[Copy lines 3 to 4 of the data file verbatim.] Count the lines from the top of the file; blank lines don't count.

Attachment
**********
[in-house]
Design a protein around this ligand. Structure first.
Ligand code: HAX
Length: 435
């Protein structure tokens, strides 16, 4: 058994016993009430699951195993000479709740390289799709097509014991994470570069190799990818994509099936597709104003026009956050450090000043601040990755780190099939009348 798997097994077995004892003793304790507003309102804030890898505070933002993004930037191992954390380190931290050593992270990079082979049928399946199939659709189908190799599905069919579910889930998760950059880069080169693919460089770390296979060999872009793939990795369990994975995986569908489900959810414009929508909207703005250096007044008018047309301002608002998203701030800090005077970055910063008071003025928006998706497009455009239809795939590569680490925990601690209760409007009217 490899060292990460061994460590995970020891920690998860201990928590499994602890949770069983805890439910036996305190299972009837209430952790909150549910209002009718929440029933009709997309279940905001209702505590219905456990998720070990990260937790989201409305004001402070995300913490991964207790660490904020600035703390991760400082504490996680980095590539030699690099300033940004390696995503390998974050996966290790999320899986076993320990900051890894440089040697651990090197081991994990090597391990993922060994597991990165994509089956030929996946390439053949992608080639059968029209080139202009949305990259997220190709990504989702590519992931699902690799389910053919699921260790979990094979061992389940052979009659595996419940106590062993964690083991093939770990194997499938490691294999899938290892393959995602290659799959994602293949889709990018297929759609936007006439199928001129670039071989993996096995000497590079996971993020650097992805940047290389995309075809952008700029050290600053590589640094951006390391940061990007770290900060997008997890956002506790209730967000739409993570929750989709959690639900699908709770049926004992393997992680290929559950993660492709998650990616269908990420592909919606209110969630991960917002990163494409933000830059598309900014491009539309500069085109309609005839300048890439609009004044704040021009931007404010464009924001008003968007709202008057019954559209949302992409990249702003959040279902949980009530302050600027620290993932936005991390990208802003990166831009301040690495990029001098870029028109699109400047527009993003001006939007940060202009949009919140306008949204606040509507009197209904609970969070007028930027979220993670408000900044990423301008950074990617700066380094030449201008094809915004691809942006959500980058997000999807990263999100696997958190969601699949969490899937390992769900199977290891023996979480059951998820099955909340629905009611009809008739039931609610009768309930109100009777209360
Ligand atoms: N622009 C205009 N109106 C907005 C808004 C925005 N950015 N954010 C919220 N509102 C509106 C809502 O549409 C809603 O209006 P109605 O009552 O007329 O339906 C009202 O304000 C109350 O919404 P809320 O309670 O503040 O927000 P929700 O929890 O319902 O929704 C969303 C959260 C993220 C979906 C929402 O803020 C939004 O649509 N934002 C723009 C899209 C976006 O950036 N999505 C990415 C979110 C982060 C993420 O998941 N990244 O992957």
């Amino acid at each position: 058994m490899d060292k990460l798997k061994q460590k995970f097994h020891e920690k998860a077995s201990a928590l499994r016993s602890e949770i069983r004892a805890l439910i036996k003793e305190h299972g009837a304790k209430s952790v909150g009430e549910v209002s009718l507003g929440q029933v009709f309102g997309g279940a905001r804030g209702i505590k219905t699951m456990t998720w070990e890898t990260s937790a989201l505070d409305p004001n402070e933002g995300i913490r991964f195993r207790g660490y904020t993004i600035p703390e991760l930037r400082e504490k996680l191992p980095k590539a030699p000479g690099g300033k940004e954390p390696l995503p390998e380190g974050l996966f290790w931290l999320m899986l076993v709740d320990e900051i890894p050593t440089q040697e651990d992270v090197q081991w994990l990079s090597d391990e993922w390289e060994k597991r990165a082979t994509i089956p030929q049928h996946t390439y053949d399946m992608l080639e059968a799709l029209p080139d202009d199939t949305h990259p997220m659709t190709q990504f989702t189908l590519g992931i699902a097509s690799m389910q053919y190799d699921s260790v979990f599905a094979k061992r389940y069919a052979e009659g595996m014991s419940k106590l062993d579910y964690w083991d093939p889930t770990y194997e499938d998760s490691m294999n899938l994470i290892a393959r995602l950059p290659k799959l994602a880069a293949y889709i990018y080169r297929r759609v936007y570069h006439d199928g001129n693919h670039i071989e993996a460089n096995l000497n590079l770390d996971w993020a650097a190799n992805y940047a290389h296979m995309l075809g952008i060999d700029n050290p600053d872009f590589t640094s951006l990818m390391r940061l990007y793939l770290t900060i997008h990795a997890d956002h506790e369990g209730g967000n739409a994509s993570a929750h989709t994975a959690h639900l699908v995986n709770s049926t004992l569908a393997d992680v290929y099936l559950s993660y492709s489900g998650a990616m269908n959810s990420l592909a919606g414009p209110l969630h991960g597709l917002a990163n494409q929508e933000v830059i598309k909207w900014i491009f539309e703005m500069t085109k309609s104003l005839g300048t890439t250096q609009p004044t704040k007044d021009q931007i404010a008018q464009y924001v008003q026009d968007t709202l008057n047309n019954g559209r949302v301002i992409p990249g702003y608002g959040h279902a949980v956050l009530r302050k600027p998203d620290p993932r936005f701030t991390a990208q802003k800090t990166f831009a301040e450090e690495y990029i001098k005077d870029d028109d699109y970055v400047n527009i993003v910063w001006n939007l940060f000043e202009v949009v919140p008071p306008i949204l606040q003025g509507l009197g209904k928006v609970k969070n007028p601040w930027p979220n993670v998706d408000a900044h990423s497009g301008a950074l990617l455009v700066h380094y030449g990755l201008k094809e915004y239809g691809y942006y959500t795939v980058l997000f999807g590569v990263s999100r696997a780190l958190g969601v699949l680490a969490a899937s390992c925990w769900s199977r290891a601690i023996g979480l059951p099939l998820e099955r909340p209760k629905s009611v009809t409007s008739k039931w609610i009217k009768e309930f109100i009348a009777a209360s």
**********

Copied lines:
Ligand code: HAX
Length: 435